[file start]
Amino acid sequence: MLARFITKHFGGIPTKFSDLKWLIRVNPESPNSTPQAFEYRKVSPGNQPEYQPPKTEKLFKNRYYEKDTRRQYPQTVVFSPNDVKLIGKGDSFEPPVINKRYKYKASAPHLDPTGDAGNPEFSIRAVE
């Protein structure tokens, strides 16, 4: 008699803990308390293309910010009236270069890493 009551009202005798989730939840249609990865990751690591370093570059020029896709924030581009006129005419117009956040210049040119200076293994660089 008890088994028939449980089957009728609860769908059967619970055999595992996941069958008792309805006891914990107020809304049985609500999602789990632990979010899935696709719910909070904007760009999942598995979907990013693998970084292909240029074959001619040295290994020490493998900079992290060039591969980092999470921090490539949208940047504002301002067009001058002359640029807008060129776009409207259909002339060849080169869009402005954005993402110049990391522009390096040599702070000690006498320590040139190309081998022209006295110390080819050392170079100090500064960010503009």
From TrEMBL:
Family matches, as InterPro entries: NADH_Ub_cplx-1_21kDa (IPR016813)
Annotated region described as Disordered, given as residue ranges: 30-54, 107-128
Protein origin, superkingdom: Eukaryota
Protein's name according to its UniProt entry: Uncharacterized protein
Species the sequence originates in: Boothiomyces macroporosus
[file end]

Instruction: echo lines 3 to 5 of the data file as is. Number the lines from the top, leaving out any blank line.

From TrEMBL:
Family matches, as InterPro entries: NADH_Ub_cplx-1_21kDa (IPR016813)
Annotated region described as Disordered, given as residue ranges: 30-54, 107-128